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Attorney fee clause in an expired lease

Irvine, CA |

My 1 year lease has the attorney fee clause it it. But the lease expired 4 months ago, and I am now renting on a month to month basis. I did not sign a new contract.

In the unlawful detainer complaint that I received, the landlord is asking for legal fees. Is this possible?

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Attorney answers 4


Yes it is possible that the agreement stated that after the term it becomes month to month with all other clauses still valid. It is hard to answer your question without seeing the contract

Kazerouni Law Group, APC is a law firm concentrating its efforts in the area of consumer law, the Fair Debt Collection Practices Act, 15 U.S.C. §§ 1692 et seq. (“FDCPA”), and California's Rosenthal Fair Debt Collection Practices Act, California Civil Code §§ 1788-1788.32 ("Rosenthal Act"). Our lawyers are specially trained in the Federal FDCPA, Consumer Defense, and other consumer related matters. Our goal is to protect you against unfair, deceptive and abusive debt collection practices. Creditors, professional debt collectors, and attorneys who violate the law are subject to paying damages, statutory penalties, and the consumer's attorneys fees and costs. If you feel you have been abused, deceived or treated unfairly, you may need a lawyer. We can be reached at 800-400-6808, or through one of the evaluation forms on this or at our own website at The information provided on this website is for informational purposes only and should not be construed as legal advice or as forming an attorney-client relationship. No attorney-client relationship between the reader and Abbas Kazerounian has been formed. If you are in the State of California and would be interested in a formal free consultation either visit Kazerouni Law Group, APC website at or call me toll free at 800-400-6808.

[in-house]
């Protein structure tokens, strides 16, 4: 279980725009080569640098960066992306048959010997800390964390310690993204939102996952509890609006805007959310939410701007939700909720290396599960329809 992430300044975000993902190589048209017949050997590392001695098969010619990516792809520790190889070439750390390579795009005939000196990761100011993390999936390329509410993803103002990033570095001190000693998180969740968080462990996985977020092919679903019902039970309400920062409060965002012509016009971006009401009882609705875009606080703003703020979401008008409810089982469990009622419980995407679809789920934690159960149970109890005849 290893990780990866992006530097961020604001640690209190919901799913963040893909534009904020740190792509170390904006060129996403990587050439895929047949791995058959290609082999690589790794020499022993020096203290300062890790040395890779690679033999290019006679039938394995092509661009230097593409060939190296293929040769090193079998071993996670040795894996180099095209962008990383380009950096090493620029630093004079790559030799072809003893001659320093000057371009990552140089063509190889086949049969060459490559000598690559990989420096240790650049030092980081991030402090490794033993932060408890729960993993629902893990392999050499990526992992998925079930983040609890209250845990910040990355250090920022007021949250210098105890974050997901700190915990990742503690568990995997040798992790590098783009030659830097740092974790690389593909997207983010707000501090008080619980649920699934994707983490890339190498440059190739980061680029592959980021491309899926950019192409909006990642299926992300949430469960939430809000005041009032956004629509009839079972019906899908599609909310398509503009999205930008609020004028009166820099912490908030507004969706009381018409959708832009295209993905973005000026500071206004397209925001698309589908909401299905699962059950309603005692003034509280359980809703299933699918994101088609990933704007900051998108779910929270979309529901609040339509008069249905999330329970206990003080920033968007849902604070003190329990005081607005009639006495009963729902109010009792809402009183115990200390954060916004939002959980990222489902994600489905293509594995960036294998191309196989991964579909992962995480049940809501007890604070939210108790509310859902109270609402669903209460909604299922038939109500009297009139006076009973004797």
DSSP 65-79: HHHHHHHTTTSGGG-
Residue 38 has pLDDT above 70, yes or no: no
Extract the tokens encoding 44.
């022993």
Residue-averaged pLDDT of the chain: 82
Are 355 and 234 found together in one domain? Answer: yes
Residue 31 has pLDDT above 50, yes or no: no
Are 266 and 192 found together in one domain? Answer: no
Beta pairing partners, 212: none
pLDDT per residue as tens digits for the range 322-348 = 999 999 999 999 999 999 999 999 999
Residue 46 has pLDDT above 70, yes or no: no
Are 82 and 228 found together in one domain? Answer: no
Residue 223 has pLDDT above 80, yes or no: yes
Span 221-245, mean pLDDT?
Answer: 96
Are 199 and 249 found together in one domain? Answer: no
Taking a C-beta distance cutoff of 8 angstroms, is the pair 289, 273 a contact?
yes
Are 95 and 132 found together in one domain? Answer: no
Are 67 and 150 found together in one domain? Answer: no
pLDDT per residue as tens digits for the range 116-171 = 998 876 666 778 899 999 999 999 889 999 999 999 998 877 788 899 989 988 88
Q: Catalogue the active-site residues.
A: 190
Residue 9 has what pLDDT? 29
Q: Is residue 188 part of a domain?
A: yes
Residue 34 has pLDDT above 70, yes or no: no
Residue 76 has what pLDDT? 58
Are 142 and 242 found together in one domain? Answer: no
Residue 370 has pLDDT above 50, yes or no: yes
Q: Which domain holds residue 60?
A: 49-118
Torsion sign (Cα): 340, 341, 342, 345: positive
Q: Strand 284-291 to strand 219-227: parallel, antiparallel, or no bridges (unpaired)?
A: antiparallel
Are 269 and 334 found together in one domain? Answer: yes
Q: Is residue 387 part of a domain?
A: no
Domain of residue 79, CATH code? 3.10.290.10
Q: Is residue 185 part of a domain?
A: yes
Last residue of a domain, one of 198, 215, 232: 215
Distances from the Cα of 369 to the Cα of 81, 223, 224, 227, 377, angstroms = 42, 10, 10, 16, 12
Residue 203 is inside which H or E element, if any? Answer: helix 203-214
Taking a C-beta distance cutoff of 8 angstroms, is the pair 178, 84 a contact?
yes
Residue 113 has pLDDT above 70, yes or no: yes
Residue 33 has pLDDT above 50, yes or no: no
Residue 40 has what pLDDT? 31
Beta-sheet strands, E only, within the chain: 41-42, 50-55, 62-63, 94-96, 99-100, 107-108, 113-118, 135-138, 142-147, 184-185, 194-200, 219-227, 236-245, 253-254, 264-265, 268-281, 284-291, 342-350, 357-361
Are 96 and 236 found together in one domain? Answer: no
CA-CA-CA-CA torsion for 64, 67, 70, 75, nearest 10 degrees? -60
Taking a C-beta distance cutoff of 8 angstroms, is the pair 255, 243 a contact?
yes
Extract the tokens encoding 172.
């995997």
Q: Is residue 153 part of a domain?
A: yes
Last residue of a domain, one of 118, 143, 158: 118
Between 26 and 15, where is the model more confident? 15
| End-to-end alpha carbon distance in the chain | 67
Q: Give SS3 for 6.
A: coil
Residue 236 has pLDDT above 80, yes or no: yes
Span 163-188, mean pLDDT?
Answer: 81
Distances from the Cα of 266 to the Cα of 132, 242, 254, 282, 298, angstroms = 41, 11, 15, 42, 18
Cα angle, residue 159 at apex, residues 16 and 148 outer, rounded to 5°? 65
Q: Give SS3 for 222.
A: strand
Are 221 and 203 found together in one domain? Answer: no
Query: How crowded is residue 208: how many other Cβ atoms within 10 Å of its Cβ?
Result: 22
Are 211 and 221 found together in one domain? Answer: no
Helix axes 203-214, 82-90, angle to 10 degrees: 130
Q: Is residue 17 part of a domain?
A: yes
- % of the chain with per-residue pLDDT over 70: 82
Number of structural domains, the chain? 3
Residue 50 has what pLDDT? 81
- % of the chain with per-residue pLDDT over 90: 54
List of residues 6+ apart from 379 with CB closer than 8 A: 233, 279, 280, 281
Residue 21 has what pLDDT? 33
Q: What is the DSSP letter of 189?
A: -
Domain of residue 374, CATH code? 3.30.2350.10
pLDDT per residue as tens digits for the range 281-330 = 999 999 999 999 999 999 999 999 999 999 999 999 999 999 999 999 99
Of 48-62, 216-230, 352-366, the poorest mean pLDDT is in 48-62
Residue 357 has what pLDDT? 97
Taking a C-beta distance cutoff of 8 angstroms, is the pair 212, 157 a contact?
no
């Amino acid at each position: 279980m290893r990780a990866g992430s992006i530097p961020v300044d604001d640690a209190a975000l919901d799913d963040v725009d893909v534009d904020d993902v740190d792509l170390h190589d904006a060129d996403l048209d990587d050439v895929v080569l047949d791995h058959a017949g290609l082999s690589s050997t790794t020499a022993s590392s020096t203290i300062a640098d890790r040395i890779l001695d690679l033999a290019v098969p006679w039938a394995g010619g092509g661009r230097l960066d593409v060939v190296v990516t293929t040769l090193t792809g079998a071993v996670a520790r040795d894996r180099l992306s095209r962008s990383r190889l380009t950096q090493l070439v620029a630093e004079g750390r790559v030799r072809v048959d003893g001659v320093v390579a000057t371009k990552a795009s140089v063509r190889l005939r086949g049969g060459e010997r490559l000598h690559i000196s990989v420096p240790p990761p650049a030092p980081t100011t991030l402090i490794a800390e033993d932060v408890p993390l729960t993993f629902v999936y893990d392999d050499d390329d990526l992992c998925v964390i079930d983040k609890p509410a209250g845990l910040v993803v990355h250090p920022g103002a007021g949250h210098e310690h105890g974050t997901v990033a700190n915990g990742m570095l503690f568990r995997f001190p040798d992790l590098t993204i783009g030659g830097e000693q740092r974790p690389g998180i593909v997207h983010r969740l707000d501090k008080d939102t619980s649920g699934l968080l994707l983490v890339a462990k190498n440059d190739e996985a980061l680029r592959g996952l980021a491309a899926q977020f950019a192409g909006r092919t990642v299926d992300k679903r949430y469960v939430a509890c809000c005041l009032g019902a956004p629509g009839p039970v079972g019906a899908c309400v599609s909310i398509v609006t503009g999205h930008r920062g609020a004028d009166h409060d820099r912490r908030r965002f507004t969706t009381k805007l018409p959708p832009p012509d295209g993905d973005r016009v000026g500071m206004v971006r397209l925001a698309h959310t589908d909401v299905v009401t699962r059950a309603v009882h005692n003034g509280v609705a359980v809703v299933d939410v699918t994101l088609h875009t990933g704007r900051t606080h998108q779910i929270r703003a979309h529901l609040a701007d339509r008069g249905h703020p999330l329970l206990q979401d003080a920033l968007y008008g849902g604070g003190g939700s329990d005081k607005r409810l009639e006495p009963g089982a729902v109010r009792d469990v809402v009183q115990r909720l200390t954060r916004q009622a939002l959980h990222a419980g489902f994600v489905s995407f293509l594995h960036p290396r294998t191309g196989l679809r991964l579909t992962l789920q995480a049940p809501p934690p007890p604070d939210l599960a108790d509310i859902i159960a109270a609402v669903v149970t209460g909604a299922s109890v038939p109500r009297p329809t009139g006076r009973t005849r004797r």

Residential lease agreements become month-to-month rental agreements at the expiration of the term. Still, the terms of the lease govern so long as the tenant remains in possession and the terms have not been modified. So, yes, it is not only possible but probable that the landlord will be entitled to reasonable attorney's fees if the landlord prevails.

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Yes. The attorneys' fees clause is still valid.

Douglas A. Wright is a licensed California attorney (SBN 239112) who owns and operates The information presented in this response is general in nature under California law and is not intended, nor should be construed as legal advice. This posting does not create any attorney-client relationship with the author. Furthermore, if you're a tenant and your landlord hires me to evict you, you expressly waive any conflict of interest based on any response provided herein. For specific advice about your particular situation, you should consult your own attorney.


absolutely. the terms of the lease apply to the subsequent month to month tenancy

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